US House in limbo as Republicans struggle to name new leader

US House in limbo as Republicans struggle to name new leader
Source: Video Screenshot

The Republican nominee to lead the US House of Representatives struggled Thursday for enough support to win a vote of the full chamber, underlining the challenge he faces to unite the fractured party.

House Republicans picked Majority Leader Steve Scalise as their replacement for ousted speaker Kevin McCarthy in a secret ballot on Wednesday — but only by a narrow margin of 113-99 over hardline rival Jim Jordan.

With just a little over half of Republicans supporting Scalise, the party’s hopes for a moment of unity dissolved into more chaos and infighting, nine days after McCarthy’s unprecedented removal in a mutiny by right wing lawmakers.

If all members were present in the full House, Scalise would need 217 votes to prevail — but analysts say getting enough of his Republican detractors on board in time for a quick vote may be a tall order.

A second public tussle for the speakership — just nine months after McCarthy’s marathon, 15-round battle to win the gavel — could hardly have come at a worse time for the Republican-controlled lower chamber of Congress.

The leaderless House has been unable to pass any bills or approve White House requests for emergency aid, with Israel — the top US ally in the Middle East — in a war footing against Hamas militants.

Meanwhile lawmakers are staring at a looming government shutdown as they have only a month to agree on 2024 federal spending levels before the money runs out and have made no progress during the leadership crisis.

“Republicans need to rally around Steve Scalise so we can unite our team, take the field, and advance our conservative policies like reining in spending, securing the border, and supporting our ally, Israel,” House Budget Committee chairman Jodey Arrington said in a statement.

– Snubbed by Trump –

Republicans were set to meet soon after midday and Team Scalise has been working frantically to win over some of Jordan’s supporters, although it remains unclear when the nomination will move to the House floor for a vote.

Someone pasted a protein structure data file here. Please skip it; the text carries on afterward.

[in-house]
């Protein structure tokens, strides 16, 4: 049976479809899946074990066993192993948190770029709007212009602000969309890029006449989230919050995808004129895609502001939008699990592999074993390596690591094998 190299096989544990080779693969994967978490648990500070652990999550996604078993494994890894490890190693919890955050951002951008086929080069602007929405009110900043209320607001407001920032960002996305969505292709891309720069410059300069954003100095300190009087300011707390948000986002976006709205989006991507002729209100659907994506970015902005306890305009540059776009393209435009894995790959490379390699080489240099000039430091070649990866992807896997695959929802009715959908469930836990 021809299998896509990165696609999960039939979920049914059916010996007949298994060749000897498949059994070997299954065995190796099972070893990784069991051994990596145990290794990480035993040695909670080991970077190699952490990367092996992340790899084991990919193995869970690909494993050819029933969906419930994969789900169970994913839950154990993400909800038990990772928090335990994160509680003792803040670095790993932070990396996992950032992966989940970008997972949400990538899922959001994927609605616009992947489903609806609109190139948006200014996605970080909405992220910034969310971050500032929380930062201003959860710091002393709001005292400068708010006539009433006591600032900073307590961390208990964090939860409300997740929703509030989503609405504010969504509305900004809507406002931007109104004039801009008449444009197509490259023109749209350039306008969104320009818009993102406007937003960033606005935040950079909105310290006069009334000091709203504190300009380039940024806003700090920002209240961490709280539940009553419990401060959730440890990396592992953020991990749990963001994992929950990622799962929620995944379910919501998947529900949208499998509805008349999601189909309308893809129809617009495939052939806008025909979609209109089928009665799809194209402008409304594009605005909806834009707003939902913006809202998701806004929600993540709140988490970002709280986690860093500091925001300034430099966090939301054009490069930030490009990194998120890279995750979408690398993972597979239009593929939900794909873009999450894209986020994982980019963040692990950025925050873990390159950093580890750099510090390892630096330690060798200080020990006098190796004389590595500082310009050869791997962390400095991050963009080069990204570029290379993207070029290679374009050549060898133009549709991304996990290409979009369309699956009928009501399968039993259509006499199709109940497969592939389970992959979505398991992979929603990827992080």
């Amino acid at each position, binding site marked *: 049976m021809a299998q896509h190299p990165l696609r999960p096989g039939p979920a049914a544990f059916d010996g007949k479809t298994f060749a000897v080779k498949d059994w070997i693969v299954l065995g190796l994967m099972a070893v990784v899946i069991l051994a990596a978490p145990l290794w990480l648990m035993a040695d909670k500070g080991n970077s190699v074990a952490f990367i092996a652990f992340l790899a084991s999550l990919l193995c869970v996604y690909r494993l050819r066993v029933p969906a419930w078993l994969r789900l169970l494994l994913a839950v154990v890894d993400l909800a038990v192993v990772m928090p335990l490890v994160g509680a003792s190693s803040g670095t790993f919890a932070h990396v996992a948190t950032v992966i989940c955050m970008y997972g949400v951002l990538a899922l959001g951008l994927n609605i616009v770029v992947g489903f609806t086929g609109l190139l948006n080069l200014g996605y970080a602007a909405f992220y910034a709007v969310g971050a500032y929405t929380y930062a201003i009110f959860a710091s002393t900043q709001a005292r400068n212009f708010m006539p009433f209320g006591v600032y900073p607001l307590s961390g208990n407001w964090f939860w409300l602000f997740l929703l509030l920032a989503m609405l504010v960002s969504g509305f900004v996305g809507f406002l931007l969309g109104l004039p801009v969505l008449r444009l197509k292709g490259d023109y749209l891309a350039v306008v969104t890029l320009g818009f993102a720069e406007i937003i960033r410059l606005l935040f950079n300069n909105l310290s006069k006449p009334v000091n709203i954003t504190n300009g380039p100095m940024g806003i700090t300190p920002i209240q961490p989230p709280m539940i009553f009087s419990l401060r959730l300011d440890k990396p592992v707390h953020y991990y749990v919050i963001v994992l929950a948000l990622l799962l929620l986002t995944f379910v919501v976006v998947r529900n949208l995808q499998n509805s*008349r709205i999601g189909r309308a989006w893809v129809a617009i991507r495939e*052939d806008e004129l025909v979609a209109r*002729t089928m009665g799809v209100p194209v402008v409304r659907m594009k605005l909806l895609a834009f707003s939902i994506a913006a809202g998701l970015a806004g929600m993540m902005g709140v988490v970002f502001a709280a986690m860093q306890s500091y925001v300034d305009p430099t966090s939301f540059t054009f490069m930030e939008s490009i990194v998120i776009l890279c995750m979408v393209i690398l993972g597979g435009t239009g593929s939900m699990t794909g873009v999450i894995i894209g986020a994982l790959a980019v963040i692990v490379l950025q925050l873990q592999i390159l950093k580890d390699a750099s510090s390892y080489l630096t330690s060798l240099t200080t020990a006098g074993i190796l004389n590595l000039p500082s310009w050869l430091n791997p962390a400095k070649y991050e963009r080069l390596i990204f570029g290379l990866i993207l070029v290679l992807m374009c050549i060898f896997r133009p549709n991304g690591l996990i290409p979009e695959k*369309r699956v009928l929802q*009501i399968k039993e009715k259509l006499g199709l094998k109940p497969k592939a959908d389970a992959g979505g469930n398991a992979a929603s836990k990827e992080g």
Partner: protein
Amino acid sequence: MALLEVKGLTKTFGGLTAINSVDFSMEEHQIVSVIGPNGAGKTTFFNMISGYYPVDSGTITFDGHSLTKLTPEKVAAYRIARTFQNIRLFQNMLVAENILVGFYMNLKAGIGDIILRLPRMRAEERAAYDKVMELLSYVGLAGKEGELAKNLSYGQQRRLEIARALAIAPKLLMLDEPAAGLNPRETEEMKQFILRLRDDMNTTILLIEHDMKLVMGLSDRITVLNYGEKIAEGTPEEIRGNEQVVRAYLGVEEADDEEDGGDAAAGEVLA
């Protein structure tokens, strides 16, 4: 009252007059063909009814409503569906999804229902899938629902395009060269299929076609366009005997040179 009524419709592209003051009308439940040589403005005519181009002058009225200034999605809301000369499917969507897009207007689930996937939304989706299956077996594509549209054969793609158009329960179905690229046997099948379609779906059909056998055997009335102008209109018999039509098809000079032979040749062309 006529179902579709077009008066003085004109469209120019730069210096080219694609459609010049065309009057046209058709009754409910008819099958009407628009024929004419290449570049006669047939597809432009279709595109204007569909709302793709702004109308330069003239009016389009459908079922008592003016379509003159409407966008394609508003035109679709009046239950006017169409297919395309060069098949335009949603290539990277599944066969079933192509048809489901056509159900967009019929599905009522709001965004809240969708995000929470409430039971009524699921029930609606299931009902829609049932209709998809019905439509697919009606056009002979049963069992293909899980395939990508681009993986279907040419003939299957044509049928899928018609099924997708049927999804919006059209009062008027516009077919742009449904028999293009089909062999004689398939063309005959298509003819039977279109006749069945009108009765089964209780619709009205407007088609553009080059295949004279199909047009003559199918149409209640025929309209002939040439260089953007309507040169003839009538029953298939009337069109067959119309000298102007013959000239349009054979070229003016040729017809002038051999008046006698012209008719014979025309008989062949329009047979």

A succession of Republicans have announced that they have no plans to support Scalise on the House floor, and some strategists believe the opposition from his own party may still number up to 30 lawmakers.

Former president Donald Trump, the leading Republican candidate in the 2024 race for the White House, endorsed Jordan and has done nothing to swing support in Scalise’s favor.

The New Orleans native, who has spent a decade climbing the ranks of the leadership, is likely to be given a few days to win the gavel before being cast adrift in favor of a fallback option.

Scalise skeptics have voiced anger over the way he helped kill proposed reforms to the nomination process, or concern over his ability to do the job as he battles blood cancer.

Others are concerned that he cannot unite the party or are simply sore that McCarthy was ousted and their preferred replacement lost.

Allies say it is too early to count out Scalise, reasoning that the objections are all strategic or policy-related and can be overcome — and that there is none of the personal animus the party’s right wing directed at McCarthy.

On the Democratic side, House Minority Leader Hakeem Jeffries has called for a “bipartisan governing coalition” in the House, although Republicans have given no sign that they’d ever consider it.

About the author


Agence France-Presse (AFP) is a French international news agency headquartered in Paris, France. Founded in 1835 as Havas, it is the world's oldest news agency.

Daily Newsletter